Life on the FarmPosted by Mary Thu, January 26, 2017 13:23:56
Well, the snow came and went. For a morning, we had snow blowing horizontally, so more layers were put on, to do battle with the elements. Today, it is bitterly cold, and the temperature in our bedroom is 5 degrees C. No surprise that I go to bed with 2 hot water bottles!
We have the standard farmhouse Aga, so the kitchen is always warm, unlike the rest of the house. The house, built around 1805, has a distinct front (gracious, Palladian) and back (utilitarian, basic) and originally had two staircases. One is for the front of the house, and has a beautiful curved stair rail. The back one for children and servants is now concealed under a raised floor. This meant access from front to back was only at the ground level. The upstairs dividing wall was knocked through in the twentieth century, so we and the mice can scamper from front to back.
The new piglets are doing well, and will soon be developing into rapacious, sharp toothed sharks on legs, that will bite your bottom if you stand between them and their feed! A friend of ours came last week to collect two gilts (young females) to fatten up. They were duly caught and placed squealing loudly in the pick up, and driven away to a nice bed of straw filled pen, only to be discovered to be a gilt and a boar on closer inspection. So a swap will have to be made, or there may be more pigs in the pen than were bargained for!
In the meantime, our old boar, who went to a neighbour`s to do his bit to get her two sows in pig (pregnant), has expired, after a long and happy life. We could never be sure if he did manage to perform, as the sows were not terribly receptive, but at least he may have tried!
Life on the FarmPosted by Mary Thu, January 12, 2017 11:53:33
The first 2 litters of piglets were born on Monday to two experienced sows, who are happily sharing a pen, and feeding duties! Both the sows are quite socialised to us, and seek out a rub behind the ear or a scratch along the back. So very unusually I was able to get into the pen when the piglets were only a few hours old, to check on them and try to encourage the smallest to feed. Normally, sows that have newly farrowed are very defensive of their offspring, and can be aggressive, rushing you or trying to bite, so I was fortunate to see and handle very young piglets close up.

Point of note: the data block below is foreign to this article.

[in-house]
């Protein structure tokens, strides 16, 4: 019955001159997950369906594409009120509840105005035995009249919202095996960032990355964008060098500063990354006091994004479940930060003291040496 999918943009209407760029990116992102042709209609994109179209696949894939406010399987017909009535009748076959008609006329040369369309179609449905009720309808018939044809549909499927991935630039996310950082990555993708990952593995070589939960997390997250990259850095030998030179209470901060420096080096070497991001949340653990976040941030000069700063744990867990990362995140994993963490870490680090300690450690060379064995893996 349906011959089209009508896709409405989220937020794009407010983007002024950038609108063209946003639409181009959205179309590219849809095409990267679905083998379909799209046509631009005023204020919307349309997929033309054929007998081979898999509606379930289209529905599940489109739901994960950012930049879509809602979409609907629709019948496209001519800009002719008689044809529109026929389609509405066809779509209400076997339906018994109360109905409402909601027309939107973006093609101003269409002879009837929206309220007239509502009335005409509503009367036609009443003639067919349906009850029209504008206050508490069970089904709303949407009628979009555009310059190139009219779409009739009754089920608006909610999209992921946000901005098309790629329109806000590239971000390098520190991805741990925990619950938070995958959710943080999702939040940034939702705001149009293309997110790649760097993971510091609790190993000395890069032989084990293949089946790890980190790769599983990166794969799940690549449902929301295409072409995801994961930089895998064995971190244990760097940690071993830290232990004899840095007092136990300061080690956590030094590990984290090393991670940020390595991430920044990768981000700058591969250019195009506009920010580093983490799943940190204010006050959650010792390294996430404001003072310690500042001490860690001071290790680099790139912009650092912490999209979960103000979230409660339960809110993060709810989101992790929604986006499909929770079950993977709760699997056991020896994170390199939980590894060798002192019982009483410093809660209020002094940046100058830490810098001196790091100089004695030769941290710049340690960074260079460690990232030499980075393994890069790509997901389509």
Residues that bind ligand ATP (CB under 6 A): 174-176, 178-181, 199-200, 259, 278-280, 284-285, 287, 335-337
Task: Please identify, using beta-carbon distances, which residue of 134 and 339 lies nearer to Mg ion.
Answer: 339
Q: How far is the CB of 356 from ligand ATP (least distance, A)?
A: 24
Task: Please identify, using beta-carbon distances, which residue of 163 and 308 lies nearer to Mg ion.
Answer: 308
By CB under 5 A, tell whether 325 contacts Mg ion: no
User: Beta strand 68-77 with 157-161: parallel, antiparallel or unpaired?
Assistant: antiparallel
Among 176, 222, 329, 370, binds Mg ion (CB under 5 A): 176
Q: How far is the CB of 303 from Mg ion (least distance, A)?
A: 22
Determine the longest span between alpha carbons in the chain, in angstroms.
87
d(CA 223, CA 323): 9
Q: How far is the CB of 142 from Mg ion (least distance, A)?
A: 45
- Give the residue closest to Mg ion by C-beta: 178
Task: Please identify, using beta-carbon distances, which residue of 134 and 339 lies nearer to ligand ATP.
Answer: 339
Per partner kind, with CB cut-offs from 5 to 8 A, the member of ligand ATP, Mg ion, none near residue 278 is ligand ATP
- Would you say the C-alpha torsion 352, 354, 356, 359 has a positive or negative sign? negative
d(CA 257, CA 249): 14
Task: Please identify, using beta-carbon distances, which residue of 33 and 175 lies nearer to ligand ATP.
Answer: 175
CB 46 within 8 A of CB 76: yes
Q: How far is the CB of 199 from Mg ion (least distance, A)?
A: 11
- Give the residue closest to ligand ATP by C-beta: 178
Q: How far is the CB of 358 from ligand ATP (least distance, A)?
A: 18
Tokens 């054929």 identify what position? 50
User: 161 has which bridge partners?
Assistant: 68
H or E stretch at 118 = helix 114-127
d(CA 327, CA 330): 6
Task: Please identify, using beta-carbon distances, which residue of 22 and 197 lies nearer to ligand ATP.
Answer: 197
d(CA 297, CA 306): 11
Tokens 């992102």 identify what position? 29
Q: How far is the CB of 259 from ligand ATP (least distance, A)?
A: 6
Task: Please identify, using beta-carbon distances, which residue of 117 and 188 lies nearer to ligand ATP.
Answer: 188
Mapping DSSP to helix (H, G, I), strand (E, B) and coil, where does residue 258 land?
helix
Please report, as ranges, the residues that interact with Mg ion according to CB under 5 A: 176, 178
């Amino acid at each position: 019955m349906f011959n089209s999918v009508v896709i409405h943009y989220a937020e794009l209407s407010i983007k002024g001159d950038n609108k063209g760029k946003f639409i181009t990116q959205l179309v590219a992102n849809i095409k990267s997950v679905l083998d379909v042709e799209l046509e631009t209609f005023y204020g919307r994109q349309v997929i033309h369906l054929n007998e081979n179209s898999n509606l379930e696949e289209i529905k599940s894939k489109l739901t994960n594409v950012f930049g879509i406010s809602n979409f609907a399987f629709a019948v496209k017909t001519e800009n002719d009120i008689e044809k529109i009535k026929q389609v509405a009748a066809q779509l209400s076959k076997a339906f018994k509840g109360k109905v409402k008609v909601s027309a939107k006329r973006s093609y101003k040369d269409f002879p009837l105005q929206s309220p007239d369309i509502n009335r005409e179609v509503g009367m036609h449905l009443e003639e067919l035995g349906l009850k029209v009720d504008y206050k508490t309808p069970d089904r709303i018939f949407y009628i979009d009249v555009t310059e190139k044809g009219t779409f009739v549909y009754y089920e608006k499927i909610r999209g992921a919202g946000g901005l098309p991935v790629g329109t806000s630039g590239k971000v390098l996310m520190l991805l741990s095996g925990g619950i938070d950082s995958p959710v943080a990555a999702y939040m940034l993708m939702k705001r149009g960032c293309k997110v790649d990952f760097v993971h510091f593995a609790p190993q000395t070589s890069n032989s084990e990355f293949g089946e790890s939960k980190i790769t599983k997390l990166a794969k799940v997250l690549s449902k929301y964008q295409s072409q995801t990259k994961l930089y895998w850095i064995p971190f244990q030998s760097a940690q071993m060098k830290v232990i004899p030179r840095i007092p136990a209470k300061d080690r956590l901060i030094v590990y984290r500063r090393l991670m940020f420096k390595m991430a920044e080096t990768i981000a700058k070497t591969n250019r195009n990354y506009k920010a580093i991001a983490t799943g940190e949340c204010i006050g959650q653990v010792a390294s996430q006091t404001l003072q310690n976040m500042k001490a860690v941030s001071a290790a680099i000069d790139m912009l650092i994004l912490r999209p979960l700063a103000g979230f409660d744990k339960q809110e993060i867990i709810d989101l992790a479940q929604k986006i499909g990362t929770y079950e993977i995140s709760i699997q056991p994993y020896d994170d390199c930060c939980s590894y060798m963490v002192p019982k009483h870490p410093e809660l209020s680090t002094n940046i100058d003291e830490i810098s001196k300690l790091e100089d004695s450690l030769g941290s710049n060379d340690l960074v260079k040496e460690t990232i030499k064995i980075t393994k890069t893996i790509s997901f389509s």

We woke up yesterday morning to a howling gale. The worry is always that there has been some damage to buildings. Our farm is situated at the top of a valley,which runs down eventually to the Trent. The wind manages to reach us even in high summer, and it can be hard to find a sheltered spot in the garden. Somebody recently told me an old saying at Hulland Ward there is a wonderful view, but it blows- how true!
Now we are waiting for snow......!
Life on the FarmPosted by Mary Thu, January 05, 2017 13:43:54
It is nearly Twelfth Night and a new year is starting at Smith Hall Farm. This is the first blog post from Mary and Ashley, so we will be sharing all our exciting (and sometimes not so exciting) life at the farm!
There was a sharp frost last night, but not as bad as predicted. We had a delivery of straw yesterday, and so all the 90 pigs plus weaners all were snug in the shed overnight. Today they are running around with little bits of straw decorating their coat, as happy as pigs can be!
The cows are being fed silage and corn, to keep their weight up over winter. The herd stays out unless the weather is VERY cold, but are quite content ranging over several fields, finding shelter at night under hedges and in wooded areas.
The picture by the way is of Buttercup, our house cow, who we bucket fed after her mother died. She hung out with the pigs in the yard, and then refused to join the rest of the cows. We also had a pig that did just the opposite, but that`s another story!